Moscow also sponsored and armed pro-Russian fighters in the Donetsk and Luhansk areas of eastern Ukraine, who then declared their own so-called ‘people’s republics’ in defiance of the central government. Their conflict with the Ukrainian Army has continued since then, despite ceasefires and peace agreements.

Ukraine approached the ICC again in April 2015, saying that it recognises the court’s jurisdiction for crimes that happened after February 20, 2014.

British lawyer Wayne Jordash, managing partner at the Global Rights Compliance law firm, said that since 2014 there have been “a range of crimes committed in Crimea by the Russian regime, including war crimes and also crimes against humanity”. The same has happened in the Russian-backed areas of Donetsk and Luhansk, he added.

“These [crimes] are now, since the latest invasion, just increasing day by day; in relation to the latest invasion, we have got all kinds of [crimes]: use of indiscriminate weapons, like cluster bombs, we have got the targeting of medical institutions, the targeting of educational institutions, targeting of residential areas, civilian infrastructure – it is really, really, serious,” Jordash told BIRN.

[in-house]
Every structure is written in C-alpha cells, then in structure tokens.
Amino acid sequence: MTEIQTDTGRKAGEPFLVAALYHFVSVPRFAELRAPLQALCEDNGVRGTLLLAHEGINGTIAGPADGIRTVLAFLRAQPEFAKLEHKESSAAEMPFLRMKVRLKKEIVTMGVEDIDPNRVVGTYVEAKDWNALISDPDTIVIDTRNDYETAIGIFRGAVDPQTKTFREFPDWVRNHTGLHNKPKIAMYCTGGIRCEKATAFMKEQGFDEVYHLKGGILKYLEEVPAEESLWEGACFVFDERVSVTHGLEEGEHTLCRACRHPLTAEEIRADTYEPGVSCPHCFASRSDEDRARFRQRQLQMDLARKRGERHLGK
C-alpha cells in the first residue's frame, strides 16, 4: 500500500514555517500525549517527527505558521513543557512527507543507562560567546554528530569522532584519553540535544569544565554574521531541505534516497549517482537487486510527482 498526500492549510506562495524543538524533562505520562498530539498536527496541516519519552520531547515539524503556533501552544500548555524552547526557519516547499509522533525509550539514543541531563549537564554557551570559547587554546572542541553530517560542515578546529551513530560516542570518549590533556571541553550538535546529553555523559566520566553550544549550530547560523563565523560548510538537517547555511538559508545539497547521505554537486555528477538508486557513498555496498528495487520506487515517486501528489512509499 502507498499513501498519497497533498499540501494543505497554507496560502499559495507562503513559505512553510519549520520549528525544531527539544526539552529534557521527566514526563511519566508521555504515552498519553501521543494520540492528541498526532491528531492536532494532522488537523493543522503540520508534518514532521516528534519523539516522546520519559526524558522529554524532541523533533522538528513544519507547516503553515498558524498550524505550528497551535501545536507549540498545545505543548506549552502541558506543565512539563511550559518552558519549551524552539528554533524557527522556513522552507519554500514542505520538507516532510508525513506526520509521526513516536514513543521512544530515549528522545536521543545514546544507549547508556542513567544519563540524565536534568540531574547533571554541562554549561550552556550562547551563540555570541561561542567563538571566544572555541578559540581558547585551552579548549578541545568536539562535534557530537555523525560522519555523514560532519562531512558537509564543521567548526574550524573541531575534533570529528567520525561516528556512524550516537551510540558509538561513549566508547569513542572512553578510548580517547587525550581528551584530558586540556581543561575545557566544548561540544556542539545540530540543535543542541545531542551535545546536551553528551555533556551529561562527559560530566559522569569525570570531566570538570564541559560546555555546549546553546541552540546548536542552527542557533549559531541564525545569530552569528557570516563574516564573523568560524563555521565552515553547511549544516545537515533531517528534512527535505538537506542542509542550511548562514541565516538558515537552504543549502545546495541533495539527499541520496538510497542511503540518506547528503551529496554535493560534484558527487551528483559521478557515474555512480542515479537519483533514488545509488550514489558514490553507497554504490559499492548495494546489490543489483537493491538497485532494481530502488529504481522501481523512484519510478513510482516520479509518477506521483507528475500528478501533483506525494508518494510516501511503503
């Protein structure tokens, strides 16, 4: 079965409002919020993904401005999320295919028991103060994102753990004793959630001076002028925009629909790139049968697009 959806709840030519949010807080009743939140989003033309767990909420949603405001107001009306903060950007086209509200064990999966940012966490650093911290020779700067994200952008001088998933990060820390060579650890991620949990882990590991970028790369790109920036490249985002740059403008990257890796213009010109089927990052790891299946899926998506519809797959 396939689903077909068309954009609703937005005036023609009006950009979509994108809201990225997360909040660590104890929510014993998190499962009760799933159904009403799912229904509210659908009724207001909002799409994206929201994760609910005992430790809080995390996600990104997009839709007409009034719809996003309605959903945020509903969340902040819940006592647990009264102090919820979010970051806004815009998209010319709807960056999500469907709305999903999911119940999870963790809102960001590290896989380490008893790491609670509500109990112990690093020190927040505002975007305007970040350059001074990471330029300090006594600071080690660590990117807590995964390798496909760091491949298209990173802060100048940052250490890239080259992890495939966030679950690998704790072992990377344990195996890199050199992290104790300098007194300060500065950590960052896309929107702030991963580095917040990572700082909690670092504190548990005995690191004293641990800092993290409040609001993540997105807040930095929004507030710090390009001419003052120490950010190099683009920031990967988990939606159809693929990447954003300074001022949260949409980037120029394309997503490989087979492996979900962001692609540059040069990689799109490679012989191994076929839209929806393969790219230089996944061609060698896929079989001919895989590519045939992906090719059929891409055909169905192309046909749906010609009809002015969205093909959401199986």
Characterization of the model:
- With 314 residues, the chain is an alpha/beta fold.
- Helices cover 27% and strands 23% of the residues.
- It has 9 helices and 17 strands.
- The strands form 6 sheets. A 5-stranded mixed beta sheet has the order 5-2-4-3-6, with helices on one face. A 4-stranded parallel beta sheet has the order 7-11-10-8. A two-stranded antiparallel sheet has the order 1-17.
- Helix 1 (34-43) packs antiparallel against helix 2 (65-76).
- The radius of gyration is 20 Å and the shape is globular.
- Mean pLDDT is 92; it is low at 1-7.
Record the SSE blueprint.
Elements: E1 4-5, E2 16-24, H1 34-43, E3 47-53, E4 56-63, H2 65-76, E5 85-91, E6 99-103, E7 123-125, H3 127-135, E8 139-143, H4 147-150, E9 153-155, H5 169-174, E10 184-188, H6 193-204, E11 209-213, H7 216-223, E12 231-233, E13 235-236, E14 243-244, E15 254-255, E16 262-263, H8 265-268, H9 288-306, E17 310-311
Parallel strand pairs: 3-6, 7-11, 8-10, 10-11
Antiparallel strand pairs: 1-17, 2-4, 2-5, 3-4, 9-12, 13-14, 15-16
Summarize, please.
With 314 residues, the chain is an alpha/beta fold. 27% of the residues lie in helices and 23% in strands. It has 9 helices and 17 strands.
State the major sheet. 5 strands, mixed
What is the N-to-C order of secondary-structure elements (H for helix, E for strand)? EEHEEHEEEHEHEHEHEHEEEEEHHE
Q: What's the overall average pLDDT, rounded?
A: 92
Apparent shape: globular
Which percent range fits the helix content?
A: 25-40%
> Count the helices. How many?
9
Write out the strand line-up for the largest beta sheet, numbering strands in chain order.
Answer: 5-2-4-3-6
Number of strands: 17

Putin recognised the self-proclaimed Donetsk and Luhansk People’s Republics as independent states on February 21, and three days later he invaded Ukraine.

Since the outbreak of the war, television, online media and social media have been disseminating video recordings from Ukraine, showing rockets hitting residential buildings, explosions in cities and even pictures of cluster munitions in populated areas.

Jordash said that these images, combined with witness testimonies and open source data, could be used as evidence in a future war crimes case.

Kersten insisted that “time is of the essence, as [evidence] begins to degrade almost immediately.

“The gold ticket would, of course, be written orders from Putin or those around him directly to attack civilians or commit other war crimes,” he explained.

“That will be hard to find, but perhaps in the coming days, weeks, and months, people in his inner circle will turn on him and provide evidence and testimony of his alleged crimes. One can hope,” he added.